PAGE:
Obviously, if there are several classes of preference shares themselves, then it is conceivable that one class of preference shares may have superior rights to another class of preference shares. That way of ordering does not militate against the principle of equality of shareholders holding the same type or class of shares. In fact, as noted in a leading commentary, where shares are expressly divided into separate classes (thereby necessarily contradicting the presumed equality between shares), it is a question of construction in each case as to what the rights of each such class are.[1]

Viewed thus, while analyzing the various legally available avenues open to a company to distribute returns to its preference shareholders, two issues arise for consideration, depending on which method is adopted:


1. Can the terms of issue (or a company’s articles of association) prescribe that, within the same class of preference shares, one preference shareholder (or a separate group therein of such preference shareholders) will have a differential right of dividend, such that it, in effect, gets a higher liquidation or distribution preference?


2. Can a preference shareholder(s) waive – and, in some cases, waive permanently – its right to a preferential dividend in favour of a particular preference shareholder who is to get a higher liquidation or distribution preference, again of a member within the same class.    

These are not purely academic issues. In the case of a company which has raised several rounds of financial investment (ecommerce or marketplace companies are good examples), it is not uncommon to ask: can one investor give (by waiving his dividend rights) the benefit of a differential treatment to another investor who is contractually to secure a higher “liquidation preference”?   And whether this avenue of distributing returns to just an institutional investor holding preference shares is legally tenable as against other shareholders, including equity shareholders? 

I will deal with the first issue.  Prima facie all shares rank equally, unless the terms of its issue (or the company’s charter documents stipulating the rights of each share class) provides for a priority of one or some shares over others in the same class.  Section 106 of the Companies Act, 1956,[2] enables a minimum 3/4ths majority of the holders of a particular class of shares (which majority can also be obtained via a special resolution passed at a class holders meeting) to consent to a variation in “the rights attached to the shares of [such] class”, provided the terms of issue does not prohibit such a variation; or the company’s memorandum or articles of association has an express provision enabling such variation – the yet-to-be-notified Section 48 of the Companies Act, 2013 is in pari materia with this provision. 

Although the law typically encounters differential rights between different classes of shares as a matter of a class right (i.e., one class’s rights are superior than another class, say, for instance, as regards return of capital), it is not uncommon to find and, indeed, nothing which legally prevents – I argue – such differential rights even within the same class, but as between different holders of such shares as a matter of a shareholder’s right qua the particular shares of that class they hold.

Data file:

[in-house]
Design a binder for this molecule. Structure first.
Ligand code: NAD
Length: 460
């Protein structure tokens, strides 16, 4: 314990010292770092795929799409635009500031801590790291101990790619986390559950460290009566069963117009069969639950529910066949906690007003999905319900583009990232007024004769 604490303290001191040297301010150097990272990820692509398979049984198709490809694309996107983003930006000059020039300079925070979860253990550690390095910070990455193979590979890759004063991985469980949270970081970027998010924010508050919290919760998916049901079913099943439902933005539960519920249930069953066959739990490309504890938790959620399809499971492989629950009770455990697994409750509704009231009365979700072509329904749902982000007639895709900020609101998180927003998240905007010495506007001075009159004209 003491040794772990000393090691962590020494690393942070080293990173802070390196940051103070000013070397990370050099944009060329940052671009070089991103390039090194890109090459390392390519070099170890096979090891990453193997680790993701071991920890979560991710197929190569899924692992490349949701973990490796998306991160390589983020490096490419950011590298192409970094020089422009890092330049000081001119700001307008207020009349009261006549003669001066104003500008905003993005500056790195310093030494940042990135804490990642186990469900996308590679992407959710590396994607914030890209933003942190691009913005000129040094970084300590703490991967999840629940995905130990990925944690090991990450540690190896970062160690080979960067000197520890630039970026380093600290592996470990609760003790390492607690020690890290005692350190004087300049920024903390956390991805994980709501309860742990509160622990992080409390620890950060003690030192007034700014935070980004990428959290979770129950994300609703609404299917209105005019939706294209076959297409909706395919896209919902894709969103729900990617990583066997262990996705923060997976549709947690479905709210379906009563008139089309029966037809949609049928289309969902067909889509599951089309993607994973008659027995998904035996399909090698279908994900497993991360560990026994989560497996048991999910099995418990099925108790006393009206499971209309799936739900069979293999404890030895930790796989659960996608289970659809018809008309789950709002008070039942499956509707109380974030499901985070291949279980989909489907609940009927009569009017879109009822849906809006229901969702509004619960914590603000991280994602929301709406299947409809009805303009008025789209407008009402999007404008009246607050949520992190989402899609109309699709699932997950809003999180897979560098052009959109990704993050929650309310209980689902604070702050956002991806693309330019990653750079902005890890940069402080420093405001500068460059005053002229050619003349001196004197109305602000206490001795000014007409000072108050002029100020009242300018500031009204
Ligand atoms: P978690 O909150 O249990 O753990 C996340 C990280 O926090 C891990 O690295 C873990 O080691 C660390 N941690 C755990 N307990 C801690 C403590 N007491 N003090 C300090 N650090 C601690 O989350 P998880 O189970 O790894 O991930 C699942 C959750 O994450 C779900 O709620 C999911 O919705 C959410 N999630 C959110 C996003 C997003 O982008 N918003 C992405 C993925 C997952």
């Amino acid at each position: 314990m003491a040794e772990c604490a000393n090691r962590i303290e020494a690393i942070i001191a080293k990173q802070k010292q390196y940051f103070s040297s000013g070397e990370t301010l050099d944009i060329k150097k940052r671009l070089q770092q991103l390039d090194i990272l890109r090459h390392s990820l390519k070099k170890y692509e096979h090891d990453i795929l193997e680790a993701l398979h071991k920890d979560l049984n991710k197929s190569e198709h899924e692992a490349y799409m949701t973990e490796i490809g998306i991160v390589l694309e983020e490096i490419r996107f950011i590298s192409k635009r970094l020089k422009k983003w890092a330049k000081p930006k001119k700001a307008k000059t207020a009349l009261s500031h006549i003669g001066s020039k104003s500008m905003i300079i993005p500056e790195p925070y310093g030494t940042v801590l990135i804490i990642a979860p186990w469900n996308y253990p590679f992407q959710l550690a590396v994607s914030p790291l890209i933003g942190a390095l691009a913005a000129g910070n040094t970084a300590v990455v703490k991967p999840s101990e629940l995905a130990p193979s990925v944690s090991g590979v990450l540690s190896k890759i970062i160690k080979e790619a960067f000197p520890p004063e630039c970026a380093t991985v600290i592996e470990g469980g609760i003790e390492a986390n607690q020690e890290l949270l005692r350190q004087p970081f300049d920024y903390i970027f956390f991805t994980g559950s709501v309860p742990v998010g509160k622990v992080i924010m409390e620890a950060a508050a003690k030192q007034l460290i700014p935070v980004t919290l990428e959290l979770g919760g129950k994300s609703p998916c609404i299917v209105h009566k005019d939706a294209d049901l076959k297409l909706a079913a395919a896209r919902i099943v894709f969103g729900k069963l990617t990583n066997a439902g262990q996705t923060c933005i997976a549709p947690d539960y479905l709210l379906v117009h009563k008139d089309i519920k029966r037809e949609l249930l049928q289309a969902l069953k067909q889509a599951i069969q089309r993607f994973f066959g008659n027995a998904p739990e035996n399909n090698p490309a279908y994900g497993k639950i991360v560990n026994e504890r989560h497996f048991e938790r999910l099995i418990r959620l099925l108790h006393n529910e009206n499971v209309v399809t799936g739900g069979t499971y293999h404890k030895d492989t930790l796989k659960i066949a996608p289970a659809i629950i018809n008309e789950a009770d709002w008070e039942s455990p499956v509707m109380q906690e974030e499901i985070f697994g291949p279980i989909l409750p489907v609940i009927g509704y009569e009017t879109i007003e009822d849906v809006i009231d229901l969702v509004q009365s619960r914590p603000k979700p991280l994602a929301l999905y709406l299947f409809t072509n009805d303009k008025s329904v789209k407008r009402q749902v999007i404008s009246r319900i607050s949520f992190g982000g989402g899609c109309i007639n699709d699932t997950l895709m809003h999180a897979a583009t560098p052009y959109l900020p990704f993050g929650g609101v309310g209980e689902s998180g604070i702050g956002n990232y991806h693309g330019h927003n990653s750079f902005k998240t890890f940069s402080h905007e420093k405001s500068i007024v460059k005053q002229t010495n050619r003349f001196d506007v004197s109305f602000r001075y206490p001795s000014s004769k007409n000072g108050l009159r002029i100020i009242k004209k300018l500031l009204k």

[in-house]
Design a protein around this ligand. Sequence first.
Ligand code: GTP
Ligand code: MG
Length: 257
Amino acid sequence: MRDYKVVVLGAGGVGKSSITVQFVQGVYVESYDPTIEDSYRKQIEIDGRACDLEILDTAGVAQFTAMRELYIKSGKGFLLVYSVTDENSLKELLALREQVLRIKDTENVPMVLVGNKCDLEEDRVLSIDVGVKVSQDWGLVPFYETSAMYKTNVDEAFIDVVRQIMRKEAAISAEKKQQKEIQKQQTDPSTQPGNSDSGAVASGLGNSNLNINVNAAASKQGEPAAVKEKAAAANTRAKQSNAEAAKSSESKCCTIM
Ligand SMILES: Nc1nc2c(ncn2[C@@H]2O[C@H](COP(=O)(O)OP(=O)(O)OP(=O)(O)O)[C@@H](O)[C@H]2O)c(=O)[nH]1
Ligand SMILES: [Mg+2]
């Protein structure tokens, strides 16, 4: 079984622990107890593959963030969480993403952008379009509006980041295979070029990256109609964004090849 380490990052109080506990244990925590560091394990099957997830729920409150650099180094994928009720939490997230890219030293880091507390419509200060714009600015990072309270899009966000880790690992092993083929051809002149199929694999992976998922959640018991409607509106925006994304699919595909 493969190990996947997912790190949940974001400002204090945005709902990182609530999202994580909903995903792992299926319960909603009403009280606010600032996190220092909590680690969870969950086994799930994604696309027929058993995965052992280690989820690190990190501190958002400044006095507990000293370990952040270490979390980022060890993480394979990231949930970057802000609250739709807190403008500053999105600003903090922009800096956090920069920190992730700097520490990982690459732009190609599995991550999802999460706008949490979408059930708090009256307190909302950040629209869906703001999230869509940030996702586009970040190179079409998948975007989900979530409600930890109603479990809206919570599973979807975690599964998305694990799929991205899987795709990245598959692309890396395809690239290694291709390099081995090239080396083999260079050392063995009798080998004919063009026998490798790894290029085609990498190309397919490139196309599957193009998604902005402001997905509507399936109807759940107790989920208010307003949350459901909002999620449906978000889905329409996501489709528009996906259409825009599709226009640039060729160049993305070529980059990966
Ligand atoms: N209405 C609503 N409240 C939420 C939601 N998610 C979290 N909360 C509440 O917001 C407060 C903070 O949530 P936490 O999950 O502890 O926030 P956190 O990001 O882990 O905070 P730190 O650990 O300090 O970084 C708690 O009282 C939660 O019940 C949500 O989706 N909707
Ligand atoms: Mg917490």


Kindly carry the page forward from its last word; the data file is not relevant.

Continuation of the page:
Implicit in Section 106 is the right of a class of shares, through a prescribed majority, to provide for variations in the share rights of its class, which must mean, therefore, that some such shareholders could have a superior right (say, a further preferential right to dividend), while other ‘non-entitled’ shareholders do not possess such rights – since the variation contemplated is as regards the rights attached to a class of shares, such variation could conceivably be more favourable to one or a group of shareholders therein and not to the other shareholders of the same class, if the requisite consent in accordance with law has been obtained. This position is underscored by the fact that the consent mechanism in Section 106 of the 1956 Companies Act (and, by extension, Section 48 of the 2013 Companies Act) is specifically predicated on what is provided for as regards differential rights, in the terms of issue of such shares or in the charter documents.  In other words, such terms of issue or the charter documents could, at the very first instance, validly provide for a differential rights basis even between or amongst the holders of the same class of shares – and, hence, a subsequent variation to the same or different effect is also permissible.  To the extent a shareholders’ agreement exists among and binding upon the members of that class, the differential rights ought best to be then incorporated into the terms of issue, or in the charter documents, so as to keep expressly in line with these statutory provisions relating to variation of class or shareholder rights.  In effect, I am arguing that a variation of a class right extends even to a variation in a shareholder’s right within that class. That would seem obvious under Section 106, but stating it in these terms, also recapitulative.